The first thing everyone wants to know is, "How did you get started?" It’s not a simple story, but life is that way. In high school I was on the pre-collegiate track, which did not allow much time for art classes. But I was interested in writing fairy tales, having long hair and wearing funny clothes. Perhaps these interests were what lead me to the Renaissance Pleasure Faire, where as a modern Don Quixote I found my destiny. When in college, I became got involved in the Faire as a volunteer actor, and with a couple of thousand other people I played a part in recreating an Elizabethan market village. What does this have to do with book arts? For me it was the beginning. Actors slept on hay bales and craftspeople had booths. I wanted a better place to sleep so I needed a craft. The only thing resembling an Elizabethan craft I could do was write fairy tales, so I applied for a booth where I would write and print a fairy tale with four beginnings, four middles and four endings, and teach the visitors how to bind it into a book. My proposal was accepted. I wrote the story and got a friend to print it at his fathers print shop. Then I had to learn how to bind books.

I went to the library, to the 600 section, to find some books on bookbinding. Of course I got distracted and found myself reading a book titled, Papermaking: The History and Technique of an Ancient Craft by Dard Hunter. When I read that the first papermill in England was built in 1492, I thought to myself that papermaking would be even better than bookbinding as a craft at the Faire. But since I had already committed to bookbinding I thought, "I’ll just learn both." My early follies make good stories to tell on long evenings, but now I will only say that as I taught, I learned.

I had as my goal to be able to make paper and bind books as they did in the sixteenth century. I don’t know how I actually learned to make books. Mostly it was just doing it, being prodded on by the childhood memory of my neighbor saying again and again, "If you are going to do something, do it right." One day, between teaching classes, I made a few blank books. They sold immediately and so I made more, and more, and more. An old bookbinder stopped by and shared with me his wisdom, "You can’t buy experience." I didn’t buy it, my customers did.

At the same time Donna was attending Sonoma State University, taking art classes. She was roommates with my sister and together they came to the Faire to help me out, teaching papermaking and selling my blank books. I taught Donna how to sew books. She learned so fast that before I knew it, she was binding books with me.

I continued my eclectic studies at UCSC. In the McHenry Library foyer stood an old acorn shaped iron handpress. William Everson, master printer and poet laureate of Kresge College who dressed in buckskin and bear claws, taught students to use the press while printing fine press books. I didn’t know what "fine press" was, but thought to myself, "Since I am making books and paper, I should know how to print." With several other students I worked as an apprentice. No questions were asked and no answers were given. Everson led us through the mysteries of the Black Art in silences broken by cries to the gods for mercy. In the end we knew typography and printing and the desire for perfection.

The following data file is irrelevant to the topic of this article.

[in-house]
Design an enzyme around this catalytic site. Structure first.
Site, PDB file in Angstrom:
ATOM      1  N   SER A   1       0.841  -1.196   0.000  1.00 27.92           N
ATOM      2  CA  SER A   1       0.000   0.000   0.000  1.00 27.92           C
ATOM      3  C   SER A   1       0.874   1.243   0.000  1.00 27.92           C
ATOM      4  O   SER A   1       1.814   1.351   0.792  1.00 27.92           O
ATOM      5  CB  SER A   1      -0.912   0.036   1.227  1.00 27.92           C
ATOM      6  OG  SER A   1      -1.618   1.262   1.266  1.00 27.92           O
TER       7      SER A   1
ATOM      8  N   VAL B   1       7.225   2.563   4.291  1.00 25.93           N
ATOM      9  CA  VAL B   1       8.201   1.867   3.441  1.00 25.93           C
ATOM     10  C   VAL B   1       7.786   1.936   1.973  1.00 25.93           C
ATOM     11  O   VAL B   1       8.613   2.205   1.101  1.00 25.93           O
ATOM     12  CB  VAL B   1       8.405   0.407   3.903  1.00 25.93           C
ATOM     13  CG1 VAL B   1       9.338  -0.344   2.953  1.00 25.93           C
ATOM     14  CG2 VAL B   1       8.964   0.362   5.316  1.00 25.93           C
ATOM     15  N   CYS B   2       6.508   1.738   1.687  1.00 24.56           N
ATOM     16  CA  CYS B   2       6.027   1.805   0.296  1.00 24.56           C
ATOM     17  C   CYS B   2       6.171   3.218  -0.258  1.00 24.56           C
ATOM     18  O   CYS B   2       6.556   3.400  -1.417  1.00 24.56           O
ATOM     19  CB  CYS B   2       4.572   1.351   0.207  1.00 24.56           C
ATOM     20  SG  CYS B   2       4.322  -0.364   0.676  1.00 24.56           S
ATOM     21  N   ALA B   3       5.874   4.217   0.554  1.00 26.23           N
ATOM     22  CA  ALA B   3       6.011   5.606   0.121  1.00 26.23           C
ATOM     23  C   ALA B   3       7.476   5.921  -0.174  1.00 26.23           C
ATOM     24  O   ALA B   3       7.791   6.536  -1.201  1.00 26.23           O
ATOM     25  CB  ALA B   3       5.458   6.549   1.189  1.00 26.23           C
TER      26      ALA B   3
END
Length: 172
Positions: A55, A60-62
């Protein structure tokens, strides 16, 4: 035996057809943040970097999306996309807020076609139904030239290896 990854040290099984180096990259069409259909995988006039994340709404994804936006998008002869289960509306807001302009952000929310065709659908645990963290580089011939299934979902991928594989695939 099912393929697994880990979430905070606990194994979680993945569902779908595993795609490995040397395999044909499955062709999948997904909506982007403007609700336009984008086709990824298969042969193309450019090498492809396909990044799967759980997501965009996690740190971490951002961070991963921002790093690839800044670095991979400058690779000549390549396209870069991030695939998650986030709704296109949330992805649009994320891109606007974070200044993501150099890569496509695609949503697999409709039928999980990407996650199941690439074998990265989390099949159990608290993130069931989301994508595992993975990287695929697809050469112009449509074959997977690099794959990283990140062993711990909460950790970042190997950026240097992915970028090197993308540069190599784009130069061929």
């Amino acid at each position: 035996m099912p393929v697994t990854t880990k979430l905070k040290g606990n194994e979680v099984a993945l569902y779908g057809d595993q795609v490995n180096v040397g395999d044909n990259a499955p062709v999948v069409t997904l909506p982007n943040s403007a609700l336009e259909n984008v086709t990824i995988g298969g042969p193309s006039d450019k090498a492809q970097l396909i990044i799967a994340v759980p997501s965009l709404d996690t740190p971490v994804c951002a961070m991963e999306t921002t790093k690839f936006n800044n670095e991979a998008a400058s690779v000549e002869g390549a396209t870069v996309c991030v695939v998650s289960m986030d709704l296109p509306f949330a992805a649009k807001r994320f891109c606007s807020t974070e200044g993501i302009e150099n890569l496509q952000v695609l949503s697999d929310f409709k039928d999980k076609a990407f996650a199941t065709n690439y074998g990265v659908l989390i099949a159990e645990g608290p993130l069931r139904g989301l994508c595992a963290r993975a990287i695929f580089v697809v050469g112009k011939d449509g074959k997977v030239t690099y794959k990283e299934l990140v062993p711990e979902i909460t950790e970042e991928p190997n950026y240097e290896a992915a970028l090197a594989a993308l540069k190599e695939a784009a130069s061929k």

I bought my own press and with Donna’s help I began to print; first a broadside and then when we had enough type, a book. Everson encouraged the printing of books, "It is by ephemera," he said, "by keepsakes, that both the amateur and the professional are today most easily seduced from the true end of printing..." We did not use a press name for that first book. But our second book, The Tale of Cara-sou and His Magic Word, had The Good Book Press on the title page. One of my favorite childhood fairy tales was The Good Sword. In this story a poor shepherd, with his dying breathd bequeaths his son the sword which hangs over thier doorway, saying it will never fail him in time of need. We wanted a press that would never fail us and so we called our Challenge MP15 proof press the Good Book Press. The name also stood to remind us of our goal: to make good books. With this in mind we printed the following announcement: It is with great pleasure that we take this opportunity to acquaint you with the work of Peter and Donna Thomas who produce books and paper under the imprint of The Good Book Press. Were one to ask them what makes a Good Book, they might reply, "Beautiful paper, crisp printing, a binding that opens easily..." It is their goal to create books in the tradition of the great private presses: deluxe, limited editions, made of the finest materials, produced with the highest standards of quality. Peter makes the paper from cotton rags. These are pulped in a hollander beater, then mixed in more water. Using a mould & deckle the fiber is separated from the water. It is then couched onto a felt, pressed & hung to dry. Donna cuts linoleum for illustration or ornament. Together they set the type which is letterpress printed on a hand operated printing press. They also hand bind the books. Pages are folded and sewn together using a needle & thread. The bindings are leather or other quality materials, constructed in traditional methods which insure the book will open easily and lay flat. They employ their skills making miniature books (under three inches), larger books, and broadsides (posters with type and illustration). Because they execute every aspect of manufacture, all their work is unique and each piece can easily be recognized as another fine product from The Good Book Press.